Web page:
Ross Roche

By Ross Roche

Senior sports writer


BIG INTERVIEW: Cheetahs’ Hawies Fourie ready for biggest game of career

Hawies Fourie has been a rugby coach for over two decades now, but this will be his first appearance in the Currie Cup final as a head coach.


Cheetahs head coach Hawies Fourie is ready for the biggest game of his coaching career as his team take on the Pumas for the Currie Cup title on Saturday afternoon. Fourie has been a rugby coach for over two decades now, but this will be his first appearance in the Currie Cup final as a head coach and he is relishing the opportunity. ALSO READ: Currie Cup final - All the team news, information for the big day Previously Fourie has been in two Currie Cup finals with the Cheetahs, in 2007 and 2009, but on both of those occasions…

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Cheetahs head coach Hawies Fourie is ready for the biggest game of his coaching career as his team take on the Pumas for the Currie Cup title on Saturday afternoon.

Fourie has been a rugby coach for over two decades now, but this will be his first appearance in the Currie Cup final as a head coach and he is relishing the opportunity.

ALSO READ: Currie Cup final – All the team news, information for the big day

Previously Fourie has been in two Currie Cup finals with the Cheetahs, in 2007 and 2009, but on both of those occasions he was backline coach.

The last time the Bloemfontein-based side won the tournament, in 2019, current Glasgow Warriors head coach Franco Smith was in charge, with Fourie taking over the reins after Smith’s departure.

“I think this is the biggest game that I have been a part of (as head coach). The previous Currie Cup finals that I was involved in were in 2007 and 2009, and we won the 2007 Currie Cup when Naka Drotske was head coach,” said Fourie.

“Since then I have always aspired to be a head coach in a Currie Cup final and I finally have my chance. So this is the biggest game that I‘ve been involved in as a head coach. I am looking forward to it and making the most of the opportunity.”

Against the grain

The Cheetahs have been fighting against the grain over a number of years now, since losing their place in international franchise rugby, but have been steadily building their team back up and making statements on the local front over the past few years.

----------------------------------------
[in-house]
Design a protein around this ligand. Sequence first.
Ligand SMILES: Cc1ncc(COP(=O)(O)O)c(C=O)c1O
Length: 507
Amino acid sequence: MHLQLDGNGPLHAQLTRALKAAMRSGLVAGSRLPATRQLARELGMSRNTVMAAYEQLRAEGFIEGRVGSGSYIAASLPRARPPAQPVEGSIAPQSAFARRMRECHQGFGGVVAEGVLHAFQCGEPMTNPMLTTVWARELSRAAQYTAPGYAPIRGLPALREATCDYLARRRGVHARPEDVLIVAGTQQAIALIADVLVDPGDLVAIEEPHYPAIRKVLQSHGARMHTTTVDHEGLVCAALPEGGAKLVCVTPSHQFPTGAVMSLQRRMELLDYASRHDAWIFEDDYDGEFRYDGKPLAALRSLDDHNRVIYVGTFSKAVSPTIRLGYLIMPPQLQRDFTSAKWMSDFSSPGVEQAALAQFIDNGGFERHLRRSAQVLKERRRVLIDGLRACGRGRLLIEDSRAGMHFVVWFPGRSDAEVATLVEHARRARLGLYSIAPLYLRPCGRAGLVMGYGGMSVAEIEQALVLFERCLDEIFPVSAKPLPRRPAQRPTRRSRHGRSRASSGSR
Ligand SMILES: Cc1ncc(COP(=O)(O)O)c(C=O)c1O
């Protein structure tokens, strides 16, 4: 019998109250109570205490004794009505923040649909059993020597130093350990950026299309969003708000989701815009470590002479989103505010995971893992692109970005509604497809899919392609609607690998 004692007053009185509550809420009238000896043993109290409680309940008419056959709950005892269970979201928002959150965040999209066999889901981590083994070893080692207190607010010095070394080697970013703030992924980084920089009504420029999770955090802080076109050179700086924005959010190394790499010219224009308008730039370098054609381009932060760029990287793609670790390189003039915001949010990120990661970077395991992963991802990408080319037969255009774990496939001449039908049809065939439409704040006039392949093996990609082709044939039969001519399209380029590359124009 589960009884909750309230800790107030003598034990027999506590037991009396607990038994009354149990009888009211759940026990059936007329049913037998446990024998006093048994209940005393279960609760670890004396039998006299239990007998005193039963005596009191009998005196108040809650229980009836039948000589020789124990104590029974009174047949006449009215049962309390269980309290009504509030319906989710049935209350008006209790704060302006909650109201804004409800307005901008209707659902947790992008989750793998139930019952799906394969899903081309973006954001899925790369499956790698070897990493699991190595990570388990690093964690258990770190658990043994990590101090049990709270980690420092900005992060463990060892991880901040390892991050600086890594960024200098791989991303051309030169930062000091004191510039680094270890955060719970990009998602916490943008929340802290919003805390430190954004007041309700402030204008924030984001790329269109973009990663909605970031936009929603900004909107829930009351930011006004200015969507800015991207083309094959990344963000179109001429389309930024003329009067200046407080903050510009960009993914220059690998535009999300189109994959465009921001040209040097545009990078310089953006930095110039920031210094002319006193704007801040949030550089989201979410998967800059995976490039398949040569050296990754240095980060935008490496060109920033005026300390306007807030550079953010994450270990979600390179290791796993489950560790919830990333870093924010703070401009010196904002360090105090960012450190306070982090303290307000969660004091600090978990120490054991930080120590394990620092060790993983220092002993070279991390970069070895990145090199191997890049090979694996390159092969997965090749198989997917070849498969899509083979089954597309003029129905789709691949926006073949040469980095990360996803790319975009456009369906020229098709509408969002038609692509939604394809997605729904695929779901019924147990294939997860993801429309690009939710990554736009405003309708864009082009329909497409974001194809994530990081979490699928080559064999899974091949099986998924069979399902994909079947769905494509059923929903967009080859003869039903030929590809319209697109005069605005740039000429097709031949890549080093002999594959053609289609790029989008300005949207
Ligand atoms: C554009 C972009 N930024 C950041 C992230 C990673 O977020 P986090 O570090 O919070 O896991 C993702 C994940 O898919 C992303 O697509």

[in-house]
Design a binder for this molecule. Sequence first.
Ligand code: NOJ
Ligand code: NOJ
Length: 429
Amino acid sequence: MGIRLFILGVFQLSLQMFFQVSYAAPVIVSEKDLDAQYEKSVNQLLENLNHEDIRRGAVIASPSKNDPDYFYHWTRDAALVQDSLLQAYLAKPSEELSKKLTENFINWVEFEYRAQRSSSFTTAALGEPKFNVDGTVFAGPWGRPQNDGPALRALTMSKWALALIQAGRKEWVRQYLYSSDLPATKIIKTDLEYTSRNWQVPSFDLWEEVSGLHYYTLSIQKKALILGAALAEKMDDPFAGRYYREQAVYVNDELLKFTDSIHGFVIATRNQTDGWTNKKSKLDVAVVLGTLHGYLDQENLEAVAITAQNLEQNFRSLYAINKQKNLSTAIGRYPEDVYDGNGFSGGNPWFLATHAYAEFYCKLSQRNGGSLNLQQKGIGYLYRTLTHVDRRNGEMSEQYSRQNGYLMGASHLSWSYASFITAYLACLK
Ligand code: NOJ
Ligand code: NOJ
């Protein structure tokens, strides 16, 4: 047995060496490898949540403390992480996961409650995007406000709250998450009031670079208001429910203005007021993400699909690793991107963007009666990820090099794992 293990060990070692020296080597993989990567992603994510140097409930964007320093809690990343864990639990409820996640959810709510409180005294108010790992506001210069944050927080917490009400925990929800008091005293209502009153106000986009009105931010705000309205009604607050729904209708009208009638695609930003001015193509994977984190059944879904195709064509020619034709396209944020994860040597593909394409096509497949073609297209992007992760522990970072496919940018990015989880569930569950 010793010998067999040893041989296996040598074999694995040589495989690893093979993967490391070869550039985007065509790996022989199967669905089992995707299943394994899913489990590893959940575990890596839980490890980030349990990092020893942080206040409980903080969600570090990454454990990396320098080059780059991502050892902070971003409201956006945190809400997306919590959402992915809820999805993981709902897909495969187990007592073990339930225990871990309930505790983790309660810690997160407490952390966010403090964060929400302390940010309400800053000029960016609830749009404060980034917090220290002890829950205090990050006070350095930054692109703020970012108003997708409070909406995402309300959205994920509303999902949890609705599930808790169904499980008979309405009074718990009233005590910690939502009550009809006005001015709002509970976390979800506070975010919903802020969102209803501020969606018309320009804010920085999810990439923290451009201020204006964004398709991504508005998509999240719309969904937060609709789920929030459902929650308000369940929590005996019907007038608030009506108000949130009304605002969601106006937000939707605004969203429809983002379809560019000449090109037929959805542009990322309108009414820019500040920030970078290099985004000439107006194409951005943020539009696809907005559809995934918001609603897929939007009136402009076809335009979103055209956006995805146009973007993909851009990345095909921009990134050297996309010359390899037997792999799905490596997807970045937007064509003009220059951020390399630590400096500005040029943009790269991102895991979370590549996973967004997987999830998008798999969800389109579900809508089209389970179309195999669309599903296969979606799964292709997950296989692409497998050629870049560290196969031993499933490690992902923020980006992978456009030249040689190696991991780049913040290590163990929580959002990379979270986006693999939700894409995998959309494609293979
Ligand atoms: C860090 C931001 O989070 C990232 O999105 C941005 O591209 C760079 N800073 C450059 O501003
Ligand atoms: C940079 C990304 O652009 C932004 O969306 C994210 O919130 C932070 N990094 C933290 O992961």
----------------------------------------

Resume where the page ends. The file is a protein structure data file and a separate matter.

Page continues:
Their performances against the Bulls over the past two weekends, with them beating them in Pretoria and then thumping them in the semi-final in Bloemfontein, were big statements as in both games they came up against a side full of United Rugby Championship stars.

“The Bulls team that we played last week was a full URC team. They selected the best 23 guys they had available. The previous week Morne Steyn, who is a legend, was given a big send off and we still managed to beat them in Pretoria as well,” explained Fourie.

“That shows that we are good enough to challenge them up there as well. We must take into consideration that the Bulls have had a long season, playing in three different competitions. So I can understand that they were mentally fragile.

“But it was still a very good team full of quality players and we came out on top. It was a big statement from us.”

Fourie continued: “We have been fighting against the odds for many years in the Free State. Since 2016 when we were kicked out of Super Rugby and in 2019 when we were kicked out of Pro (URC) rugby. It is tough to swallow that and still compete at a high level.

“So it says a lot about the leadership at the union and everyone involved that we are against the tide but we still fight and punch above our weight.”

Challenge Cup

The Cheetahs did get their first taste of international franchise rugby again this season after they took part in the Challenge Cup competition as an invitational team and with two slots available for the coming season they are hoping to be involved once again.

“We really hope that we will be one of those two (invitational) teams in the Challenge Cup. I feel we performed well enough against top teams like Scarlets, Pau and Toulon,” said Fourie.

“We proved that we are competitive enough and have enough quality and depth in our system to compete at that level. So we are holding thumbs that we will be one of those two teams.

“Playing in the (Challenge Cup) competition helped us immensely (this season). Playing two games in December and another two in January really helped our preparation for the Currie Cup. The guys were sharp when we started the Currie Cup.

“We knew if we qualified for the (Challenge Cup) round of 16 we would have to play two games on the same day, one in Bloem and one in France. So it was important for us to start the Currie Cup well and get 15 points on the log from the first three games, which we managed to do.”

Pienaar boost

The team has been boosted recently by former Springbok Ruan Pienaar extending his contract with the union for another year, with him set to end his career next season at the age of 40.

“Ruan is extremely valuable to us. Not just as a player but as a person off the field as well. He is an example to all the players. His work ethic is amazing and he is a big family man which is our moto. So everything we do and how we do things is the way he is living his life,” said Fourie.

“When I offered him the contract he asked me if I thought he was still good enough to play, and said if we were 100% confident that he is good enough then he would be willing to extend.

“He is a quality person and a good leader and an example to everyone that is in the union. So we are all glad that he decided to extend and has another year in him.”

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